Proponents of the alternative proposal also argue that “proposals are essentially paid 100% by ‘other people’, i.e., the costs are socialized”. It is a logical fallacy to position only the costs, but not the benefits, through a lens of “socialization”. The implied presumption is that sharing of the costs of a proposal is negative. In a parallel argument, contributing 1% of the capital toward an investment would mean the full investment costs are “socialized” among the investors (i.e., ‘other people’). This is simply an illogical interpretation of a shared cost / shared benefit arrangement. While 99.99% of the costs are borne by others, it is likewise true that 99.99% of the benefit will accrue to others; similar in nature to 1% of the profits from an investor would accrue to the person that contributed 1% of the investment. This is not a negative, it is necessary to efficiently align incentives.

Finally, given masternodes are already unwilling to approve the full available monthly budget, we do not believe there are risks that this proposal carries insufficient incentives for MNOs to restrain spending should the price of Dash increase substantially. Every proposal approved will directly and immediately impact masternode rewards.

4.4.2 Security risks

A variable miner reward can affect hashrate on the network, so introducing a variable miner reward could impact month-to-month levels of security. There are at least two reasons to believe these risks are extremely low. First, the primary driver of any variation in miner rewards will continue to derive from Dash’s market price. Miners are already accustomed to 20% swings in price from month-to-month, and these changes are absorbed effectively by the mining apparatus serving the network. Even in other ASIC networks like Bitcoin, the most recent 50% reduction in reward subsidy was barely noticeable in the network hashrates.

https://bitinfocharts.com/comparison/bitcoin-hashrate.html#1y

This evidence suggests that the dominant chain for a mining algorithm can absorb large changes in mining rewards while safely maintaining network security. There is no evidence that small short-term changes in mining rewards will destabilize network security. By definition, the maximum monthly change in miner rewards must be less than 20% (and likely much smaller given entities like DCG, the DIF, and others regularly consume a relatively stable portion of the rewards). We therefore view this risk as negligible.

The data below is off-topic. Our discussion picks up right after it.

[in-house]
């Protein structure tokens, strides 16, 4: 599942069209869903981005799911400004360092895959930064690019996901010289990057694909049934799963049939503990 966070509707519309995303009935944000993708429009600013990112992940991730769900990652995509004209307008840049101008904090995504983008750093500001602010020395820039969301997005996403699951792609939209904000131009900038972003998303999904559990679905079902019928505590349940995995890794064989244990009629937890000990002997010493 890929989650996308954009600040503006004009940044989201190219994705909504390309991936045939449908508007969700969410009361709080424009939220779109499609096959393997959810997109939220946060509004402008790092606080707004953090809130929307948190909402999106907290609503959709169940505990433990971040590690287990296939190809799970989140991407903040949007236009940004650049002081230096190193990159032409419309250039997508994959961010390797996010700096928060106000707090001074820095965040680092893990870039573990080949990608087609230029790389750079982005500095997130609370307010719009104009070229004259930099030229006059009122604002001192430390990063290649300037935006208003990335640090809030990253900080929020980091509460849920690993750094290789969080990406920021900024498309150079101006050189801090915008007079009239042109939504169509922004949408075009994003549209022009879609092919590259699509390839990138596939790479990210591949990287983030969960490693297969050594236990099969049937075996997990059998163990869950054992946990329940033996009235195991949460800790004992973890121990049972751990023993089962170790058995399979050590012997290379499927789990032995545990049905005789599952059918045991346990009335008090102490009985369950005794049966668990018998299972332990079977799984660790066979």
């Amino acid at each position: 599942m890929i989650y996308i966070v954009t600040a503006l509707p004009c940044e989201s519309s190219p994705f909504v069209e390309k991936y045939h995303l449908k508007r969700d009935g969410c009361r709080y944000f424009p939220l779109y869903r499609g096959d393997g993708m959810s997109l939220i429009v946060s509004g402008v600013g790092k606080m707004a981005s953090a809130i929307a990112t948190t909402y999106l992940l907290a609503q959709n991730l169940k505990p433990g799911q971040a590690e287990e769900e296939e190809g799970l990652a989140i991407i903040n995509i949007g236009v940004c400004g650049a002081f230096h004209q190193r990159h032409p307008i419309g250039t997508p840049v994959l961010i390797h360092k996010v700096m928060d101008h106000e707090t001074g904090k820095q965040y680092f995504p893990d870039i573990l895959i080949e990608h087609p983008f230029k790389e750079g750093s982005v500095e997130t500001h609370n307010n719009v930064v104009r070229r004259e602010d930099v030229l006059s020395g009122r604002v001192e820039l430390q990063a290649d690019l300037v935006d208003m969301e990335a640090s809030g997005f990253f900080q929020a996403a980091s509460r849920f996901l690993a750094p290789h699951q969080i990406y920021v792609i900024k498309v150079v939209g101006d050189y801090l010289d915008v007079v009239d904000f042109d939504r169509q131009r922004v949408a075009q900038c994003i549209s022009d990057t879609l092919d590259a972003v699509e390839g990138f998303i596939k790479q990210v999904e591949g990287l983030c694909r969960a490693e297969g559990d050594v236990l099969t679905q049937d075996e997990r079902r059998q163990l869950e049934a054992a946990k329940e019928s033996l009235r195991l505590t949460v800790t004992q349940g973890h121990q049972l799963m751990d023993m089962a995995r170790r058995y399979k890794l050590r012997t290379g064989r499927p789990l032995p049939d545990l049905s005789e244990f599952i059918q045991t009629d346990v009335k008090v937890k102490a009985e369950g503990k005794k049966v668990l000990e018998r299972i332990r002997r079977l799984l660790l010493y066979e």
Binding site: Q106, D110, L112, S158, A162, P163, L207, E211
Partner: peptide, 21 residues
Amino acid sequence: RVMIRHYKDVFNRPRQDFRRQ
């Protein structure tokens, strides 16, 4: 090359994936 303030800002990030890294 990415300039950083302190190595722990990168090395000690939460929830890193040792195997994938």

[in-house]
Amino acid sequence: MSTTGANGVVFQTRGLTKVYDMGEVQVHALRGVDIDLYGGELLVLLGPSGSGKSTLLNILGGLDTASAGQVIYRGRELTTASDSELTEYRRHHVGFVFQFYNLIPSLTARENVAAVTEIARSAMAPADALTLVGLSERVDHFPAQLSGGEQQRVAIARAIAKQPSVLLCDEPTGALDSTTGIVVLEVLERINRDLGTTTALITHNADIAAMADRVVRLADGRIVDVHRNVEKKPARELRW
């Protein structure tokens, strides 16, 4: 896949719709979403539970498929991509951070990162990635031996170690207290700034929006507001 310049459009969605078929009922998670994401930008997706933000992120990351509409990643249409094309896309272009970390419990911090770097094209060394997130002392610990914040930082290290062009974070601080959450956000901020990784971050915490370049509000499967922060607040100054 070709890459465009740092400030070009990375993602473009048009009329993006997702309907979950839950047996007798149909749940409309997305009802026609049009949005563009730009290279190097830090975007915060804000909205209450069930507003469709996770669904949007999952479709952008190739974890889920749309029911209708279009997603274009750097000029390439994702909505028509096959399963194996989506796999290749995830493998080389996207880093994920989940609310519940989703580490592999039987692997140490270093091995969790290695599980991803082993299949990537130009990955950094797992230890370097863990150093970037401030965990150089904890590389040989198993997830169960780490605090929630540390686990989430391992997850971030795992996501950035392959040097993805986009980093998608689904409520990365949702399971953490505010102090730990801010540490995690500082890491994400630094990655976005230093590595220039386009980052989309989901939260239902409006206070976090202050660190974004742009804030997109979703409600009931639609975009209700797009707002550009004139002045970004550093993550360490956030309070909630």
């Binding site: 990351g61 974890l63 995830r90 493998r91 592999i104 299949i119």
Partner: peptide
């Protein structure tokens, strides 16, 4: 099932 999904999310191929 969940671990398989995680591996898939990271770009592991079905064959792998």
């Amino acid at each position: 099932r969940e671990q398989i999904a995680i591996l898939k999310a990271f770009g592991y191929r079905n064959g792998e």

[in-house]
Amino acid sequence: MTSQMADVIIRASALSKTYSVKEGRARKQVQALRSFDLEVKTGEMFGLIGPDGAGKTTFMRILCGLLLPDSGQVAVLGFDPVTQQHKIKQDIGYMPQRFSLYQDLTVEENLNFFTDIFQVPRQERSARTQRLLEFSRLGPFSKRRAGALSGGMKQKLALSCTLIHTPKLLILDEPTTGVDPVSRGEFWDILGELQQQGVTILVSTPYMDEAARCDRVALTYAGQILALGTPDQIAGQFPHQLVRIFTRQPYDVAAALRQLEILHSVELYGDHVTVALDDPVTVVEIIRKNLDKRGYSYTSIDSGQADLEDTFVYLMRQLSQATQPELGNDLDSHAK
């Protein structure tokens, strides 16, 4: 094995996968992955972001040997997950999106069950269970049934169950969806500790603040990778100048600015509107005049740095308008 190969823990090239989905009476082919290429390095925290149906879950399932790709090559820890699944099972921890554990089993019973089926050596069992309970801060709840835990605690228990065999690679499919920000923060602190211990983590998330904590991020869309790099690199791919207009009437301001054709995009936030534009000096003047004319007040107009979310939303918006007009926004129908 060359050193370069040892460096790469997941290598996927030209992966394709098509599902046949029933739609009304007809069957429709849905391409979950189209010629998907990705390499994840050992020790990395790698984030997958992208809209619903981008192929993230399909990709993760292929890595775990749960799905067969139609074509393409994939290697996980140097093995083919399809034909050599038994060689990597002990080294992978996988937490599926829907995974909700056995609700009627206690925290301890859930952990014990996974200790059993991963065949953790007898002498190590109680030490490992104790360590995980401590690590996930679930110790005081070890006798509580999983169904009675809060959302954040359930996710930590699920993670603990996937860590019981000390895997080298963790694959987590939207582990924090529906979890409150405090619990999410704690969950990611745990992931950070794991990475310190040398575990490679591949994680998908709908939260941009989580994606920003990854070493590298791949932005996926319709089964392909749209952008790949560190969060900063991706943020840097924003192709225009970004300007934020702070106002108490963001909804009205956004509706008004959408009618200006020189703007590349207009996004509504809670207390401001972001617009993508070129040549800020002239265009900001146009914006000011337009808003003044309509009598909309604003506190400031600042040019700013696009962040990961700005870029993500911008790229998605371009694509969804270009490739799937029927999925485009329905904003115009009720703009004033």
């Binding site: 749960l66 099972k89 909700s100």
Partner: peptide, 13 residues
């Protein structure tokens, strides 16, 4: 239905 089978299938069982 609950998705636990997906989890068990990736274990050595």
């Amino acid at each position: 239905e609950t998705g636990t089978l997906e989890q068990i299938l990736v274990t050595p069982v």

Proponents of the alternative proposal point out that “shifting part of the variability to miners... makes the mining allocation unpredictable from month to month”. This is a misleading statement, because DCG’s proposal lock-in a range of minimum and maximum rewards a miner can expect (about 80% of the maximum possible reward is guaranteed), and it does not affect the fee portion of the reward, further dampening the impact over time as fees grow and the block subsidy shrinks. The likely variability in the value of mining rewards due to variations in month-to-month proposal system allocations will be small in comparison to the month-to-month market price fluctuations already endured by miners in a given month. Further, they make no arguments as to why mining reward variability might lead to an undesirable outcome for the miners or the network as a whole. To the contrary, discussions with miners lead to the conclusion that variability is anticipated to be financially beneficial to their operations.

4.4.3 Migration risks

Strong miner support remains essential for facilitating hard forks in a manner that is safe for our users. ChainLocks are highly effective at preventing 51% attacks, but they offer little benefit toward enforcing a protocol change. This plan benefits miners in two ways that are likely to incentivize their support. First, the likelihood that the MNOs spend more than 10% of the available budget on a regular basis is perceived by most miners as low, given that they often spend significantly less than that amount today without incentives to spend judiciously. Therefore, they feel it is likely that their allocation may increase on average. Second, they benefit from the variation in reward as outlined in the benefits section. We therefore view transition risks as low.

Implementation risks:The required changes to the proposal system are relatively straightforward from a coding perspective. Proposal submission, voting, and allocation will function identically as it does today. The resulting “unused budget” is easily calculated and applied to the subsequent cycle’s block subsidy. We anticipate no significant risks due to unpredictable implementation timelines or a high likelihood of security vulnerabilities.

4.5 Summary

This proposal encourages good stewardship of proposal funding, provides greater flexibility to utilize a larger budget if the need arises, and provides benefits for miners, masternodes, and proposal owners. Importantly, the proposal is mindful of potential risks that could arise from variable network economics, and attempts to reduce those risks by spreading the variability over both masternodes and miners.

5 Appendix

DCG introduced the idea of “Improving Dash as a Store of Value” on December 11, 2019. DCG then engaged in a series of Q&A and discussions held through various communication channels such as Discord, The Dash Forum, Zoom and Telegram from June-July 2020. The following links document these interactions, as well as other relevant information:
Related Discord polls: